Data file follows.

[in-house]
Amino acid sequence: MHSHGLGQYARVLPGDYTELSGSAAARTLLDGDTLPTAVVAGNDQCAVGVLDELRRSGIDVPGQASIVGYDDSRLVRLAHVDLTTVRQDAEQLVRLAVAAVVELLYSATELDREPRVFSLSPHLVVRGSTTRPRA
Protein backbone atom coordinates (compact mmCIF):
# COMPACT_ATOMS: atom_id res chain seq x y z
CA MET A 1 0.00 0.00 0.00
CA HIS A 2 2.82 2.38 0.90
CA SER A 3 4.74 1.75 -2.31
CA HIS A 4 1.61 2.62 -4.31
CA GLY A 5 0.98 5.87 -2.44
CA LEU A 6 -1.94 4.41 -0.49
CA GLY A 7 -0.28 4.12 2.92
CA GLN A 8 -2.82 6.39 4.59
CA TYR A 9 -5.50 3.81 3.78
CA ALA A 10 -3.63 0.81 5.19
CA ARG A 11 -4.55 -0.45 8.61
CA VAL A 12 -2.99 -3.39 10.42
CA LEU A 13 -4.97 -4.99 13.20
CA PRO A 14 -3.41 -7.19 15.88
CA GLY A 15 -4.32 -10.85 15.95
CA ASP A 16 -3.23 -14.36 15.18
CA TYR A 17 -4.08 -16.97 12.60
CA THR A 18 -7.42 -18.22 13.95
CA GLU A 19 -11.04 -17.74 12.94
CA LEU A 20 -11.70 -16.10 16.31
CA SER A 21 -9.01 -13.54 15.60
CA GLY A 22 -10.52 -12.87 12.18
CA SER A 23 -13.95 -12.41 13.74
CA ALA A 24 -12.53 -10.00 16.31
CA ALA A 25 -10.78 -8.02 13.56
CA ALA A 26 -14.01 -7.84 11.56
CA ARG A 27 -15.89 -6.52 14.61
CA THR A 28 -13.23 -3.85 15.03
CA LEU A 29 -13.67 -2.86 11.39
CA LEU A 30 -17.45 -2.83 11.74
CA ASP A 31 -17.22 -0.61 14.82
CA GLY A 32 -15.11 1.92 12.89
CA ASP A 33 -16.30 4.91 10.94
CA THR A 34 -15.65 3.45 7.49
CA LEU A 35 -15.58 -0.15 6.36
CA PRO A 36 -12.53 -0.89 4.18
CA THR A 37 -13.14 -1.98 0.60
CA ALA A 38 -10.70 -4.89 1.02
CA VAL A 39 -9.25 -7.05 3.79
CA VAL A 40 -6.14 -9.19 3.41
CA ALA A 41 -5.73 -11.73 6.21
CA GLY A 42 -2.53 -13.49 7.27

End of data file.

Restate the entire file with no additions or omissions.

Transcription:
[in-house]
Amino acid sequence: MHSHGLGQYARVLPGDYTELSGSAAARTLLDGDTLPTAVVAGNDQCAVGVLDELRRSGIDVPGQASIVGYDDSRLVRLAHVDLTTVRQDAEQLVRLAVAAVVELLYSATELDREPRVFSLSPHLVVRGSTTRPRA
Protein backbone atom coordinates (compact mmCIF):
# COMPACT_ATOMS: atom_id res chain seq x y z
CA MET A 1 0.00 0.00 0.00
CA HIS A 2 2.82 2.38 0.90
CA SER A 3 4.74 1.75 -2.31
CA HIS A 4 1.61 2.62 -4.31
CA GLY A 5 0.98 5.87 -2.44
CA LEU A 6 -1.94 4.41 -0.49
CA GLY A 7 -0.28 4.12 2.92
CA GLN A 8 -2.82 6.39 4.59
CA TYR A 9 -5.50 3.81 3.78
CA ALA A 10 -3.63 0.81 5.19
CA ARG A 11 -4.55 -0.45 8.61
CA VAL A 12 -2.99 -3.39 10.42
CA LEU A 13 -4.97 -4.99 13.20
CA PRO A 14 -3.41 -7.19 15.88
CA GLY A 15 -4.32 -10.85 15.95
CA ASP A 16 -3.23 -14.36 15.18
CA TYR A 17 -4.08 -16.97 12.60
CA THR A 18 -7.42 -18.22 13.95
CA GLU A 19 -11.04 -17.74 12.94
CA LEU A 20 -11.70 -16.10 16.31
CA SER A 21 -9.01 -13.54 15.60
CA GLY A 22 -10.52 -12.87 12.18
CA SER A 23 -13.95 -12.41 13.74
CA ALA A 24 -12.53 -10.00 16.31
CA ALA A 25 -10.78 -8.02 13.56
CA ALA A 26 -14.01 -7.84 11.56
CA ARG A 27 -15.89 -6.52 14.61
CA THR A 28 -13.23 -3.85 15.03
CA LEU A 29 -13.67 -2.86 11.39
CA LEU A 30 -17.45 -2.83 11.74
CA ASP A 31 -17.22 -0.61 14.82
CA GLY A 32 -15.11 1.92 12.89
CA ASP A 33 -16.30 4.91 10.94
CA THR A 34 -15.65 3.45 7.49
CA LEU A 35 -15.58 -0.15 6.36
CA PRO A 36 -12.53 -0.89 4.18
CA THR A 37 -13.14 -1.98 0.60
CA ALA A 38 -10.70 -4.89 1.02
CA VAL A 39 -9.25 -7.05 3.79
CA VAL A 40 -6.14 -9.19 3.41
CA ALA A 41 -5.73 -11.73 6.21
CA GLY A 42 -2.53 -13.49 7.27